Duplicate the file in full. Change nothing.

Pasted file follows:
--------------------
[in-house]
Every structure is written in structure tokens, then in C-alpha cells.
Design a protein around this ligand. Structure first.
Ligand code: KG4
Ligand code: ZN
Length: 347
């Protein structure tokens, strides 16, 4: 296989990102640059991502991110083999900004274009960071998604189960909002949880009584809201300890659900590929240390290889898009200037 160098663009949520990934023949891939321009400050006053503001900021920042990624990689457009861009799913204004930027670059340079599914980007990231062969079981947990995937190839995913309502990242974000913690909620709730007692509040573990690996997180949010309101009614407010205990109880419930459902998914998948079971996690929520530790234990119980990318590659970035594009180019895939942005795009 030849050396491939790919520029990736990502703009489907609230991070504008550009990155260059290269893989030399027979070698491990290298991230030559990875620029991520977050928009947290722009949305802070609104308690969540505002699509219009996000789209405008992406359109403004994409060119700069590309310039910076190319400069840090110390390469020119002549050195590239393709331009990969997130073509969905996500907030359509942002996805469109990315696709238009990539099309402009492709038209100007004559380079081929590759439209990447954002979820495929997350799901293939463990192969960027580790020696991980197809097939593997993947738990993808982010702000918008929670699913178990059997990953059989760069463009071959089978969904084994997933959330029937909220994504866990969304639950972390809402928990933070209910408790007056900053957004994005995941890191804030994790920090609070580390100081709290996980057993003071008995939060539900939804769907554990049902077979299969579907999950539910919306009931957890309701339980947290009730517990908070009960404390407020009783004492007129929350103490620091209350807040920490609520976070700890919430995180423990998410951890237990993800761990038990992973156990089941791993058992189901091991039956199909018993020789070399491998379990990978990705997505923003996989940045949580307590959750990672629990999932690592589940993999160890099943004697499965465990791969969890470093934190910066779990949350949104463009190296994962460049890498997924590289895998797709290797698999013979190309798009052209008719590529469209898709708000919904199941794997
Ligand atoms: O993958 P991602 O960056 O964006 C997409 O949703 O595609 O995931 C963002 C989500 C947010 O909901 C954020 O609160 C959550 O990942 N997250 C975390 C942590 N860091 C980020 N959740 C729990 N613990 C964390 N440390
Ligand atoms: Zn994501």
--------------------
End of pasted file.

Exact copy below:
[in-house]
Every structure is written in structure tokens, then in C-alpha cells.
Design a protein around this ligand. Structure first.
Ligand code: KG4
Ligand code: ZN
Length: 347
């Protein structure tokens, strides 16, 4: 296989990102640059991502991110083999900004274009960071998604189960909002949880009584809201300890659900590929240390290889898009200037 160098663009949520990934023949891939321009400050006053503001900021920042990624990689457009861009799913204004930027670059340079599914980007990231062969079981947990995937190839995913309502990242974000913690909620709730007692509040573990690996997180949010309101009614407010205990109880419930459902998914998948079971996690929520530790234990119980990318590659970035594009180019895939942005795009 030849050396491939790919520029990736990502703009489907609230991070504008550009990155260059290269893989030399027979070698491990290298991230030559990875620029991520977050928009947290722009949305802070609104308690969540505002699509219009996000789209405008992406359109403004994409060119700069590309310039910076190319400069840090110390390469020119002549050195590239393709331009990969997130073509969905996500907030359509942002996805469109990315696709238009990539099309402009492709038209100007004559380079081929590759439209990447954002979820495929997350799901293939463990192969960027580790020696991980197809097939593997993947738990993808982010702000918008929670699913178990059997990953059989760069463009071959089978969904084994997933959330029937909220994504866990969304639950972390809402928990933070209910408790007056900053957004994005995941890191804030994790920090609070580390100081709290996980057993003071008995939060539900939804769907554990049902077979299969579907999950539910919306009931957890309701339980947290009730517990908070009960404390407020009783004492007129929350103490620091209350807040920490609520976070700890919430995180423990998410951890237990993800761990038990992973156990089941791993058992189901091991039956199909018993020789070399491998379990990978990705997505923003996989940045949580307590959750990672629990999932690592589940993999160890099943004697499965465990791969969890470093934190910066779990949350949104463009190296994962460049890498997924590289895998797709290797698999013979190309798009052209008719590529469209898709708000919904199941794997
Ligand atoms: O993958 P991602 O960056 O964006 C997409 O949703 O595609 O995931 C963002 C989500 C947010 O909901 C954020 O609160 C959550 O990942 N997250 C975390 C942590 N860091 C980020 N959740 C729990 N613990 C964390 N440390
Ligand atoms: Zn994501």